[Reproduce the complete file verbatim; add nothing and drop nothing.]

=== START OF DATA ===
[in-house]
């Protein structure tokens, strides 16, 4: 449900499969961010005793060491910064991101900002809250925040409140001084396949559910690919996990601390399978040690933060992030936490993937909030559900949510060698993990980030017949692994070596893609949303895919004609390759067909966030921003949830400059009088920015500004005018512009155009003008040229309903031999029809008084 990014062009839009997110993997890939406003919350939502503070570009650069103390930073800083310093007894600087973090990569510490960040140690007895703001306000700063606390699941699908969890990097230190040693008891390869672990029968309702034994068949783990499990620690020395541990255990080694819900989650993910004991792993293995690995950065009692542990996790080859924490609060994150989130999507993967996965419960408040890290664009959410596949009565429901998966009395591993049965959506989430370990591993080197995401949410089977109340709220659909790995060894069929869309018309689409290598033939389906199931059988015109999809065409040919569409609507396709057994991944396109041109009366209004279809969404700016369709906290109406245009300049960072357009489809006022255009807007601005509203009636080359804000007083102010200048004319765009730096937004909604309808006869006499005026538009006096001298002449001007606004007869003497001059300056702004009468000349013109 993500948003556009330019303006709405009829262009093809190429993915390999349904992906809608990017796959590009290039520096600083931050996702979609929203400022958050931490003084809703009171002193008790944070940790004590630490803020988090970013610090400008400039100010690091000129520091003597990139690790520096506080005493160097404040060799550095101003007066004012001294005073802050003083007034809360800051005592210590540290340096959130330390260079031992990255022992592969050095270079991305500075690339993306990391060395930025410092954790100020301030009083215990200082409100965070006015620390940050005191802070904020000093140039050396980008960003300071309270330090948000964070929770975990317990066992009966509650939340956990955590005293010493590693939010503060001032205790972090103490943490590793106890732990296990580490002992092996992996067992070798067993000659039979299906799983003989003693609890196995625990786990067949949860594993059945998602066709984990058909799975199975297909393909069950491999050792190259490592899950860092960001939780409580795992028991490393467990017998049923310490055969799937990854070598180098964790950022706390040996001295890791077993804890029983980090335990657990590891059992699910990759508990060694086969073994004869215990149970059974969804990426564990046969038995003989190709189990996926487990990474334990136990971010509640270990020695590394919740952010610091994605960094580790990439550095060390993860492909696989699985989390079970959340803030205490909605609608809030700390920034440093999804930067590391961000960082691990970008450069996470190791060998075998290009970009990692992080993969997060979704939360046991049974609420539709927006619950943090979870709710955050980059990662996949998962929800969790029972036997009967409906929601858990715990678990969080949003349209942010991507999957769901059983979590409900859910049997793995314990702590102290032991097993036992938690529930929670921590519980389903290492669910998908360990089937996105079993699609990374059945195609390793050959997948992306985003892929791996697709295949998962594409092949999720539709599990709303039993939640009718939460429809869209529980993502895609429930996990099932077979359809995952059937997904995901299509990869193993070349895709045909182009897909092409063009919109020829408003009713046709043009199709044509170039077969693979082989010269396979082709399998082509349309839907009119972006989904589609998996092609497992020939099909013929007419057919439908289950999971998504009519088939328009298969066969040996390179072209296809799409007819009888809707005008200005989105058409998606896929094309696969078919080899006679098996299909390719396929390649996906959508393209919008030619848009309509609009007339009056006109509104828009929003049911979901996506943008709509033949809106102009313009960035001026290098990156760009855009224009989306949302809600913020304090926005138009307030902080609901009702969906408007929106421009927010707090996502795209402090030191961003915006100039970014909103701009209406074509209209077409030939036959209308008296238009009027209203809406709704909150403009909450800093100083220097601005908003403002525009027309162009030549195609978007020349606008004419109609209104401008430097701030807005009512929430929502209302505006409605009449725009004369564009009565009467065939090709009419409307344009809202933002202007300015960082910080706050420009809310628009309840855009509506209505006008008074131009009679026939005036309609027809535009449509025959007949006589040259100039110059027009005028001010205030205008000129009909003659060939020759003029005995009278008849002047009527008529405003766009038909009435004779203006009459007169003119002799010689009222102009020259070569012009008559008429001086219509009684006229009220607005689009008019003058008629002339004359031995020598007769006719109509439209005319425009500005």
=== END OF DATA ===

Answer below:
[in-house]
């Protein structure tokens, strides 16, 4: 449900499969961010005793060491910064991101900002809250925040409140001084396949559910690919996990601390399978040690933060992030936490993937909030559900949510060698993990980030017949692994070596893609949303895919004609390759067909966030921003949830400059009088920015500004005018512009155009003008040229309903031999029809008084 990014062009839009997110993997890939406003919350939502503070570009650069103390930073800083310093007894600087973090990569510490960040140690007895703001306000700063606390699941699908969890990097230190040693008891390869672990029968309702034994068949783990499990620690020395541990255990080694819900989650993910004991792993293995690995950065009692542990996790080859924490609060994150989130999507993967996965419960408040890290664009959410596949009565429901998966009395591993049965959506989430370990591993080197995401949410089977109340709220659909790995060894069929869309018309689409290598033939389906199931059988015109999809065409040919569409609507396709057994991944396109041109009366209004279809969404700016369709906290109406245009300049960072357009489809006022255009807007601005509203009636080359804000007083102010200048004319765009730096937004909604309808006869006499005026538009006096001298002449001007606004007869003497001059300056702004009468000349013109 993500948003556009330019303006709405009829262009093809190429993915390999349904992906809608990017796959590009290039520096600083931050996702979609929203400022958050931490003084809703009171002193008790944070940790004590630490803020988090970013610090400008400039100010690091000129520091003597990139690790520096506080005493160097404040060799550095101003007066004012001294005073802050003083007034809360800051005592210590540290340096959130330390260079031992990255022992592969050095270079991305500075690339993306990391060395930025410092954790100020301030009083215990200082409100965070006015620390940050005191802070904020000093140039050396980008960003300071309270330090948000964070929770975990317990066992009966509650939340956990955590005293010493590693939010503060001032205790972090103490943490590793106890732990296990580490002992092996992996067992070798067993000659039979299906799983003989003693609890196995625990786990067949949860594993059945998602066709984990058909799975199975297909393909069950491999050792190259490592899950860092960001939780409580795992028991490393467990017998049923310490055969799937990854070598180098964790950022706390040996001295890791077993804890029983980090335990657990590891059992699910990759508990060694086969073994004869215990149970059974969804990426564990046969038995003989190709189990996926487990990474334990136990971010509640270990020695590394919740952010610091994605960094580790990439550095060390993860492909696989699985989390079970959340803030205490909605609608809030700390920034440093999804930067590391961000960082691990970008450069996470190791060998075998290009970009990692992080993969997060979704939360046991049974609420539709927006619950943090979870709710955050980059990662996949998962929800969790029972036997009967409906929601858990715990678990969080949003349209942010991507999957769901059983979590409900859910049997793995314990702590102290032991097993036992938690529930929670921590519980389903290492669910998908360990089937996105079993699609990374059945195609390793050959997948992306985003892929791996697709295949998962594409092949999720539709599990709303039993939640009718939460429809869209529980993502895609429930996990099932077979359809995952059937997904995901299509990869193993070349895709045909182009897909092409063009919109020829408003009713046709043009199709044509170039077969693979082989010269396979082709399998082509349309839907009119972006989904589609998996092609497992020939099909013929007419057919439908289950999971998504009519088939328009298969066969040996390179072209296809799409007819009888809707005008200005989105058409998606896929094309696969078919080899006679098996299909390719396929390649996906959508393209919008030619848009309509609009007339009056006109509104828009929003049911979901996506943008709509033949809106102009313009960035001026290098990156760009855009224009989306949302809600913020304090926005138009307030902080609901009702969906408007929106421009927010707090996502795209402090030191961003915006100039970014909103701009209406074509209209077409030939036959209308008296238009009027209203809406709704909150403009909450800093100083220097601005908003403002525009027309162009030549195609978007020349606008004419109609209104401008430097701030807005009512929430929502209302505006409605009449725009004369564009009565009467065939090709009419409307344009809202933002202007300015960082910080706050420009809310628009309840855009509506209505006008008074131009009679026939005036309609027809535009449509025959007949006589040259100039110059027009005028001010205030205008000129009909003659060939020759003029005995009278008849002047009527008529405003766009038909009435004779203006009459007169003119002799010689009222102009020259070569012009008559008429001086219509009684006229009220607005689009008019003058008629002339004359031995020598007769006719109509439209005319425009500005």